Academic journal article Atlantic Economic Journal

Does a Salary Cap Improve Competitive Balance?

Academic journal article Atlantic Economic Journal

Does a Salary Cap Improve Competitive Balance?

Article excerpt

Without spending limits in professional sports, there is a danger that a few high-spending clubs will dominate each league. Theoretically, a salary cap would narrow the spread among teams in total player salaries, prevent an overzealous owner from monopolizing playing talent and, presumably, improve competitive balance.

The Gini index, which is typically used in statistical analysis to measure the distribution of income, is here used as a measure of competitive balance. The best teams in the National Basketball Association (NBA) with the most wins are considered to be the richest, and the worst teams with the fewest wins are considered the poorest. The Gini coefficient is based on the Lorenz curve, which relates the cumulative percentage of games won in a season to the cumulative percentage of teams, arrayed from poorest to richest. The closer the Gini coefficient is to 0, the closer the N'BA is to perfect equality (or competitive balance) in that season, while the closer this value is to 1, the closer the league is to perfect inequality in that season.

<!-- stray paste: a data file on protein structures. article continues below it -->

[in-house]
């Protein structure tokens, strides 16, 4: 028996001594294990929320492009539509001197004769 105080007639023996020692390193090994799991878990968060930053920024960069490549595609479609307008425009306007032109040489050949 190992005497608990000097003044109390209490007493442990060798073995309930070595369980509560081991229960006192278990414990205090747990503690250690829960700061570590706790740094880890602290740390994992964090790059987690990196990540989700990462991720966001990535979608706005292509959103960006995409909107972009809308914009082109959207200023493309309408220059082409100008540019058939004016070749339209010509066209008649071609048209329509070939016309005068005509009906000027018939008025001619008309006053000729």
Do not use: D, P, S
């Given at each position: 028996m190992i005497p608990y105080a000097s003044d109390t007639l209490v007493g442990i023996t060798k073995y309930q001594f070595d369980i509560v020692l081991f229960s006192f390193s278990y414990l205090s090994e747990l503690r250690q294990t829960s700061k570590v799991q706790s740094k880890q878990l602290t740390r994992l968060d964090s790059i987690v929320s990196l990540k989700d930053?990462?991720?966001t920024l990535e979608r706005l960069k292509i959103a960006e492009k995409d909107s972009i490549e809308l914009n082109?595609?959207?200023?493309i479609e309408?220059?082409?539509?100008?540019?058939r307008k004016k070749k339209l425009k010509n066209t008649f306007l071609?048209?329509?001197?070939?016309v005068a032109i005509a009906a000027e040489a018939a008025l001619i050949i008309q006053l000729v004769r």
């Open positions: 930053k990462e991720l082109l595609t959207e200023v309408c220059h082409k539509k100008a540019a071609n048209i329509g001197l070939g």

Prior to the 1984-85 season, the NBA adopted a salary cap. The GINI coefficient is regressed from 1974-75 through 2001-02 against a time trend (YEAR) and a binary variable (CAP) which is equal to 1 for seasons after the salary cap. The regression results are as follows:

GINI = -2.991 + 0.016YEAR + 0. … 
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